At just shy of 18 miles, I moved into the turnaround and began the decent toward Tempe. I was now cruising at 30 mph and took the opportunity to get some rest – high cadence, fuel, and fluids.
At mile 37 I was turning around in Tempe having averaged 18 mph on the first loop. I felt so great! Coach T. and Stephanie were there cheering. I could not have been more pleased with how the race was taking shape.
However, leaving Tempe for the second loop I realized the wind had picked up and I was starting to fatigue. Here’s where experience took over. I stayed in my aeros, kept my cadence high and told myself, “Race what the course gives you.” Today it was giving me wind in my face up a hill and I was going to moderate my effort up and push on the downhill over the final two loops.
About 2/3rds up on the second loop, I was pushing harder than I wanted to push. The wind was brutal and I kept repeating my mantra – race what the course gives you. I understood I was going to reach the turnaround soon. As I cruised around the turnaround at the top of the hill, I took a deep breath, sat back and said – 1 and a half left!
After a quick stop at the special needs for some much needed Chammy Butt’r, I raced down toward Tempe and soon I had turned and was headed back up the hill for my final loop. I told myself that this was going to hurt and that I needed to stay calm and race what the course gives me. I had about an hour up the hill and then I was going to push my way back into Tempe.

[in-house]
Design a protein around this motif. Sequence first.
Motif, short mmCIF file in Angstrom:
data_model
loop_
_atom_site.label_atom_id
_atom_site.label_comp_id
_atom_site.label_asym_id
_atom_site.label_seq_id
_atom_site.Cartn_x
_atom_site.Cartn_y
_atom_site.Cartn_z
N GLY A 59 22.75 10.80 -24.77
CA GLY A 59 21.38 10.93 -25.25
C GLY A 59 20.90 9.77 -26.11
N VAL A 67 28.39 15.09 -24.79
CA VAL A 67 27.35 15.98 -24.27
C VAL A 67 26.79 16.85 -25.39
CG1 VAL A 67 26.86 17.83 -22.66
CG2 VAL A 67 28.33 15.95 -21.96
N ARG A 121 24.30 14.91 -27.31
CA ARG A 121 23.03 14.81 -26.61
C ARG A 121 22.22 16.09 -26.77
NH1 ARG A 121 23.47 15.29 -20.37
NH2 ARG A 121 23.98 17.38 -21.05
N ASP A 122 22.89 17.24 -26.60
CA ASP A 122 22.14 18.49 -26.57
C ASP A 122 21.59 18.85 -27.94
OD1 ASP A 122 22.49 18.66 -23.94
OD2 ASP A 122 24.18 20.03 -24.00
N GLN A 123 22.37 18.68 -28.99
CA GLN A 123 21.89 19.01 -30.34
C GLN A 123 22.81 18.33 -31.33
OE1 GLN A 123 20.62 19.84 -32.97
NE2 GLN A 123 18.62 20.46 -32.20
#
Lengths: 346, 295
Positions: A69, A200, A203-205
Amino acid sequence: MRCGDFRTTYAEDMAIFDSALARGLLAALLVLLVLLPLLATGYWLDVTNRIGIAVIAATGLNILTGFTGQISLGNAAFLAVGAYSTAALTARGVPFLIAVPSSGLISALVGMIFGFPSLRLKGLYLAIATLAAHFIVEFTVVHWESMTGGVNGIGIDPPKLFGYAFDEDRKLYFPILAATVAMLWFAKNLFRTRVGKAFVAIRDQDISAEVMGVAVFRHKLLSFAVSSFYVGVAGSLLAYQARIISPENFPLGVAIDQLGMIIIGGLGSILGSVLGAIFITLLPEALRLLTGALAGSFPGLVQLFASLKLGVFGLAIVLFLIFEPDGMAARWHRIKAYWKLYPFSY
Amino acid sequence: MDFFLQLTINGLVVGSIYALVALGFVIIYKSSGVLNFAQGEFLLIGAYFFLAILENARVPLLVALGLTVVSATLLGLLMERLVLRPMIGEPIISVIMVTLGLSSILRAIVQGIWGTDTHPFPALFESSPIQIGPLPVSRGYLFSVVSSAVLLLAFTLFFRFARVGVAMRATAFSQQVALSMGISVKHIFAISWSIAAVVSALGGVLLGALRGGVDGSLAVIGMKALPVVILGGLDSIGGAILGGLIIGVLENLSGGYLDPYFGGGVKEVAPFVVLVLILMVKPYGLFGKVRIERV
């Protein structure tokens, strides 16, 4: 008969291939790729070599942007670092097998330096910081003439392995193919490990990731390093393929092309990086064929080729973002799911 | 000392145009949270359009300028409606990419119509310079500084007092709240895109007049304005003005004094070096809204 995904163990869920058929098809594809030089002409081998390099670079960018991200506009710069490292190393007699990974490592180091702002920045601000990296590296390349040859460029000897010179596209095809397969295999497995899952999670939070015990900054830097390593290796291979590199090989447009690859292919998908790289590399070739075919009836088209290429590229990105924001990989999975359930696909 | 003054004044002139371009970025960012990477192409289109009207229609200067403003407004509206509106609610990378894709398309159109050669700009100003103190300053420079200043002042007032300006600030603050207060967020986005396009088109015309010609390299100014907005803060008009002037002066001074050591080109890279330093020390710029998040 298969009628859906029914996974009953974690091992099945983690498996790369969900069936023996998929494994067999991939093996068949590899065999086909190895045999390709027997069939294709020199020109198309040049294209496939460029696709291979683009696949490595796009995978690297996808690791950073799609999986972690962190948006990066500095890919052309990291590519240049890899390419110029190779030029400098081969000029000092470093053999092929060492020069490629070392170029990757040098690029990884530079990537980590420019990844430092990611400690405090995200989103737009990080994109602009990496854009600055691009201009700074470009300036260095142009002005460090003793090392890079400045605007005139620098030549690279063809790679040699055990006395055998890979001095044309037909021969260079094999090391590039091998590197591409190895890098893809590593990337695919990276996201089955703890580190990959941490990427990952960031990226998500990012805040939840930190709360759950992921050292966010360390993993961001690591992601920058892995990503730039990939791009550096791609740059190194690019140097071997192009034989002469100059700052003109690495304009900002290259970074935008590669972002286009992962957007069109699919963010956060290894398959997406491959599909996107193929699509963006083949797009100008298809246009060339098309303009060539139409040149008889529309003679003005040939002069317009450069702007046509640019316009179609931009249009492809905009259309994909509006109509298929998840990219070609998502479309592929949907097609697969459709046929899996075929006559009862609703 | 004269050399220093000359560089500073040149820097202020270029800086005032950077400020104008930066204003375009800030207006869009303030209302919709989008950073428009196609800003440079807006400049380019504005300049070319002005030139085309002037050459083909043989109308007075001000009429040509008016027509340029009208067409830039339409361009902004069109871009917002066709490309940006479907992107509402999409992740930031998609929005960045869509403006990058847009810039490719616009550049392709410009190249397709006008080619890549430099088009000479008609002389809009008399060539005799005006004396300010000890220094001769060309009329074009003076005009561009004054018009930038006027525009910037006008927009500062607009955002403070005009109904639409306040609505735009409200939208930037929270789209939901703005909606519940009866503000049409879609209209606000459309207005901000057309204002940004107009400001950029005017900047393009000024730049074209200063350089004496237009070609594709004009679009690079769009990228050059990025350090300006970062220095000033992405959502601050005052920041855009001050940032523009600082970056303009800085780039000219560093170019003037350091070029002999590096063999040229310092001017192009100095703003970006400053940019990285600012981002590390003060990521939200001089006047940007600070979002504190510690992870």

Indeed, the final climb was hard. It was as hard as I expected it to be. The wind was in my face and I had to concentrate on fuel and fluids. I saw many athletes crashed, or dropping out for technical/equipment issues. I prayed that I didn’t get a flat.
As I crawled up the last few miles, I continued to repeat my mantra. Soon, I was there at the turn. I was saddle-sore and a little fatigued, but I knew at that point that with a good, controlled push down the hill, I was going to have a good ride. I also knew this would be the first place that I might see my mom.
Sure enough, after a nice steady ride down the hill, I entered the chute and there was the cheering section. I saw my mom and started to get emotional. I quickly reined that in and concentrated on getting through transition and onto the run. I knew I had given myself a shot at having a good day by managing the bike segment. (6:22:33)
Transition – I entered transition and sat down on a chair. I ate a sandwich and changed shoes. The volunteers were trying to rush me and I said to one that I was going to take an extra minute to make sure I was absolutely ready to head out onto the course. She thought I made a lot of sense after watching a lot of athletes forget key things in transition. (6:45)